This topic includes the following sections:
Use of the EventBroker requires the completion of several preparatory steps. The following flowchart lists these steps and indicates whether each step should be performed by an application administrator or programmer.
For instructions on any of these tasks, click on the appropriate box in the flowchart.
|Note:||A good way to learn how the EventBroker works is by running bankapp, the sample application delivered with the Oracle Tuxedo system. To find out how to copy bankapp and run it as a demo, see .in Tutorials for Developing Oracle Tuxedo ATMI Applications<Default ? Font>|
A client accesses the EventBroker through either of two servers provided by the Oracle Tuxedo system: TMUSREVT(5), which handles application events, and TMSYSEVT(5), which handles system events. Both servers process events and trigger the sending of notification to subscribers.
To set up the Oracle Tuxedo EventBroker on your system, you must configure either or both of these servers in the
SERVERS section of the
UBBCONFIG file, as shown in the following example.
TMSYSEVT SRVGRP=ADMIN1 SRVID=100 RESTART=Y GRACE=900 MAXGEN=5
TMSYSEVT SRVGRP=ADMIN2 SRVID=100 RESTART=Y GRACE=900 MAXGEN=5
CLOPT="-A -- -S -p 90"
TMUSREVT SRVGRP=ADMIN1 SRVID=100 RESTART=Y
TMUSREVT SRVGRP=ADMIN2 SRVID=100 RESTART=Y
CLOPT="-A -- -S -p 120"
We recommend that you assign the principal server to the
MASTER site, even though either server can reside anywhere on your network.
|Note:||You can reduce the network traffic caused by event postings and notifications by assigning secondary servers to other machines in your network.|
Periodically, the secondary server polls the primary server to obtain the current subscription list, which includes filtering and notification rules. By default, polling is done every 30 seconds. If necessary, however, you can specify a different interval.
You can configure the polling interval (represented in seconds) with the
-p command-line option in TMUSREVT(5) or TMSYSEV(5) entries in the configuration file, as follows:
It may appear that event messages are lost while subscriptions are being added and secondary servers are being updated.
As the administrator for your Oracle Tuxedo application, you can enter subscription requests on behalf of a client or server process through calls to the
T_EVENT_COMMAND class of the EVENT_MIB(5). You can also use invoke the tpsubscribe(3c) function to subscribe, programmatically, to an event.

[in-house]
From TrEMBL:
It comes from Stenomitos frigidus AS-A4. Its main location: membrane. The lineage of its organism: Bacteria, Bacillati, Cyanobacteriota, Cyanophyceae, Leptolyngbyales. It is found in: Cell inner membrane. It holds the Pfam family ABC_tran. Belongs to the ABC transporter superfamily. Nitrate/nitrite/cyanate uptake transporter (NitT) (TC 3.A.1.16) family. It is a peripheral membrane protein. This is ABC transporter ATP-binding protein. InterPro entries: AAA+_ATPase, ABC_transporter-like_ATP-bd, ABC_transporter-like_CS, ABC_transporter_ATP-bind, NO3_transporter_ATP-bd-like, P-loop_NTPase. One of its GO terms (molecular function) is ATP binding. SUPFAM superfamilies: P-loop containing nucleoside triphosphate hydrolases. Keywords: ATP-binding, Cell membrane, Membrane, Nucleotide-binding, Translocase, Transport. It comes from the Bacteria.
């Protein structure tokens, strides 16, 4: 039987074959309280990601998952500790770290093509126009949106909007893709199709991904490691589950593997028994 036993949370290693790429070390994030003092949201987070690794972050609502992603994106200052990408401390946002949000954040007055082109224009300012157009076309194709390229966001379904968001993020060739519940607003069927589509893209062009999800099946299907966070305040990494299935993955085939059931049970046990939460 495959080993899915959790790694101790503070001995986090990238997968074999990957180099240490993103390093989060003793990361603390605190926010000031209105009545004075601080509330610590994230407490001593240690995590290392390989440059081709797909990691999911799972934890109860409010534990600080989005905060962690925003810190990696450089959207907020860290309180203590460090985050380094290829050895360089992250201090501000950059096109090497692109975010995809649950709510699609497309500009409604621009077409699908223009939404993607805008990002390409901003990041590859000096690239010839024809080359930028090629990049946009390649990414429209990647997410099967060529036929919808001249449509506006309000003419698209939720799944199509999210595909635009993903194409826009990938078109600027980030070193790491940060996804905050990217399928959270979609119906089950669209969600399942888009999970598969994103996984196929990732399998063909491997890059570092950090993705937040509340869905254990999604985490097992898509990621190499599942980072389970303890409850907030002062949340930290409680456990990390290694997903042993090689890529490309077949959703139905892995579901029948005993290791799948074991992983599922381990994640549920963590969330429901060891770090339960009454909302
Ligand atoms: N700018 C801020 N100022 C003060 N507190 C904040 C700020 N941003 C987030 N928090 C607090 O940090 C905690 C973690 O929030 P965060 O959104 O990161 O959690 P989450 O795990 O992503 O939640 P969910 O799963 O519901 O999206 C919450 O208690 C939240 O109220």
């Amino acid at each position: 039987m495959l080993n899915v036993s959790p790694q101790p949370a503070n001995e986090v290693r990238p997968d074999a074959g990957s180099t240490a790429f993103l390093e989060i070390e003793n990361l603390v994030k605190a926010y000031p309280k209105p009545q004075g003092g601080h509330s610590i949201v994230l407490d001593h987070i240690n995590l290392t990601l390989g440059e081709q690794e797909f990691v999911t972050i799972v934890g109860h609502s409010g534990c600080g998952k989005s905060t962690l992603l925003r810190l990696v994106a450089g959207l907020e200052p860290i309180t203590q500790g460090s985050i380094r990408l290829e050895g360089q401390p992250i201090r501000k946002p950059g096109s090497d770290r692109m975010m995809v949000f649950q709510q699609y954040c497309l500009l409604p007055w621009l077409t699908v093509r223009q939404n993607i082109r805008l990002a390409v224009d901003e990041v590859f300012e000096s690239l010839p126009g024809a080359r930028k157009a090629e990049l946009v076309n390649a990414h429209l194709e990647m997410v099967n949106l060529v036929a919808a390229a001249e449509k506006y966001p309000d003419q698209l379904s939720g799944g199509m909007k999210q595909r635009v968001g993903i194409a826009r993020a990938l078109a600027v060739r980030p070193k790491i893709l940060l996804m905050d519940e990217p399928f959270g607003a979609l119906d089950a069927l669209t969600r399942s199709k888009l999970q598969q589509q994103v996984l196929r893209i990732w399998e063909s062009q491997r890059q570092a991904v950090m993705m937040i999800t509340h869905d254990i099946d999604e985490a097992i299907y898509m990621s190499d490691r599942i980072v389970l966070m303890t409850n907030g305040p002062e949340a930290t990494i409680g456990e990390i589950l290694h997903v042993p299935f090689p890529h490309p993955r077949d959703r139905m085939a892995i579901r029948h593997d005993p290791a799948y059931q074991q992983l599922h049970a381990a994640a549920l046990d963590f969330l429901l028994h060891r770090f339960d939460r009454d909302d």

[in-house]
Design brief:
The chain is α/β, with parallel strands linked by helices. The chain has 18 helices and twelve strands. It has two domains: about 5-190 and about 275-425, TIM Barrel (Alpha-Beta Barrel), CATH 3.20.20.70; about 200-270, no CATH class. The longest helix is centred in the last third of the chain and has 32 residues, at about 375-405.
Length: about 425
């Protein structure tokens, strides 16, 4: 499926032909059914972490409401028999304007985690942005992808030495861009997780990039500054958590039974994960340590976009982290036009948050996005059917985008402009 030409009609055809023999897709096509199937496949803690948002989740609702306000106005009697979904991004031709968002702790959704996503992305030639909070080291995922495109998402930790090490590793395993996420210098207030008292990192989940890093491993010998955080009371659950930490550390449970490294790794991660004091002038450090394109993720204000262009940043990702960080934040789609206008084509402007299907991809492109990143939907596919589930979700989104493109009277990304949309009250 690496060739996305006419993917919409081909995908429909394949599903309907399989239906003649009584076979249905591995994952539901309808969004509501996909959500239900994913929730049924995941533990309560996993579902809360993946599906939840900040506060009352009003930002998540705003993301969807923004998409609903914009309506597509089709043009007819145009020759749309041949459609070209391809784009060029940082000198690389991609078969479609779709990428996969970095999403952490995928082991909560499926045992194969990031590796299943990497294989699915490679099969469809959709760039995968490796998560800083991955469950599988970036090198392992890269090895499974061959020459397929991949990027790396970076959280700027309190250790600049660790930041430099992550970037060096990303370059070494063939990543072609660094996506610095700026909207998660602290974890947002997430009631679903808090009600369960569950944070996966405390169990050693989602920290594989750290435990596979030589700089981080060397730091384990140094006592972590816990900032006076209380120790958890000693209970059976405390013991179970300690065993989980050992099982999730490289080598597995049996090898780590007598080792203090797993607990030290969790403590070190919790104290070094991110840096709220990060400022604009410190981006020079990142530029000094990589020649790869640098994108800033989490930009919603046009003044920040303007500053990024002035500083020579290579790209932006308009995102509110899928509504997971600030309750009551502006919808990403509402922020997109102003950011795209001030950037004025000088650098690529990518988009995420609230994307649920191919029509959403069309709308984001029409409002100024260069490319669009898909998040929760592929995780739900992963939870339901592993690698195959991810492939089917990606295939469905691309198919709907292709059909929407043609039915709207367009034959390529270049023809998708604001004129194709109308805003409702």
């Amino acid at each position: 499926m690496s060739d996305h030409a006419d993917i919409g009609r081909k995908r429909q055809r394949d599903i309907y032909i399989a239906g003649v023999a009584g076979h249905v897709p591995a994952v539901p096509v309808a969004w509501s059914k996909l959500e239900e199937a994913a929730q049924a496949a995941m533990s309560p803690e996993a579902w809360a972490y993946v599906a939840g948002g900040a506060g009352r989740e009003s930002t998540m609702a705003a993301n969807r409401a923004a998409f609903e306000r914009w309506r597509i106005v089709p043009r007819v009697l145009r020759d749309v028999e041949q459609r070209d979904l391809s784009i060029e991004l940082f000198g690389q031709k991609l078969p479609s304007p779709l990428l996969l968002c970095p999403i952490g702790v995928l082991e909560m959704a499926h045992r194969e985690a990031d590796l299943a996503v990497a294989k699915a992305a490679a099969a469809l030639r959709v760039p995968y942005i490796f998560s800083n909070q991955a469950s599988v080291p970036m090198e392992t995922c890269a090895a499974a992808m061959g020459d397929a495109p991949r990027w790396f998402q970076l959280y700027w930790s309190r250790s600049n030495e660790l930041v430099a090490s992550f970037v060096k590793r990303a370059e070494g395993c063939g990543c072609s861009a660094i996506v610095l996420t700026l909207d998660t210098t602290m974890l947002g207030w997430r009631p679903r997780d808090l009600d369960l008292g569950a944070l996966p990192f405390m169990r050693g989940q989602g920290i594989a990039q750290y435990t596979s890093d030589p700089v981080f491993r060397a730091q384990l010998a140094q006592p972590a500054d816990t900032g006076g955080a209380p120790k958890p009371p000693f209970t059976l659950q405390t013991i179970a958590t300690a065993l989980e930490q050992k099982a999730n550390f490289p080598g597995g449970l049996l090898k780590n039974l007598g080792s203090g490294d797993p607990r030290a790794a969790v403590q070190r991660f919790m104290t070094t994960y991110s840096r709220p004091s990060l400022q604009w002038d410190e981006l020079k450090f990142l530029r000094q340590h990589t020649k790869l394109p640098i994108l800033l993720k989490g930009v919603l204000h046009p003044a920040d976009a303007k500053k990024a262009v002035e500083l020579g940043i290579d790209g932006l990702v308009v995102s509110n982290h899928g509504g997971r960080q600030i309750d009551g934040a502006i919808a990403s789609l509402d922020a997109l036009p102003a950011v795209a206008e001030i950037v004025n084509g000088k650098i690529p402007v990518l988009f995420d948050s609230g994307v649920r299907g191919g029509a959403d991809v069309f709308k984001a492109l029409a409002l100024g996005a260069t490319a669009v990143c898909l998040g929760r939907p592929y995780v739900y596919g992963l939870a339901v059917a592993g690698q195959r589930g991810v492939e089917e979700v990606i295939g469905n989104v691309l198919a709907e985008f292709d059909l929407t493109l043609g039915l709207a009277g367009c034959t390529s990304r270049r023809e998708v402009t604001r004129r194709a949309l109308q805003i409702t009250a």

Figure 6-1 shows how clients and servers use the EventBroker to subscribe to events, to post events, and to unsubscribe to events.
Clients or servers can subscribe to events by calling tpsubscribe(3c). The
tpsubscribe() function takes one required argument:
eventexpr. The value of
eventexpr can be a wildcard string that identifies the set of event names about which the user wants to be notified. Wildcard strings are described on the tpsubscribe(3c) reference page in the Oracle Tuxedo ATMI C Function Reference<Default ? Font>.
As an example, a user on a UNIX system platform who wants to be notified of all events related to the category of networking can specify the following value of
The backslash preceding the period (.) indicates that the period is literal. (Without the preceding backslash, the period (.) would match any character except the end-of-line character.) The combination
.* at the end of
\.SysNetwork.* matches zero or more occurrences of any character except the end-of-line character.
In addition, clients or servers can filter event data by specifying the optional
filter argument when calling
tpsubscribe(). The value of
filter is a string containing a Boolean filter rule that must be evaluated successfully before the EventBroker posts the event.
As an example, a user who wants to be notified only about system events having a severity level of
ERROR can specify the following value of
When an event name is posted that evaluates successfully against
eventexpr, the EventBroker tests the posted data against the filter rule associated with
eventexpr. If the data passes the filter rule or if there is no filter rule for the event, the subscriber receives a notification along with any data posted with the event.
Your application can access the EventBroker through either the ATMI or the EVENT_MIB(5). Table 6-1 describes both methods.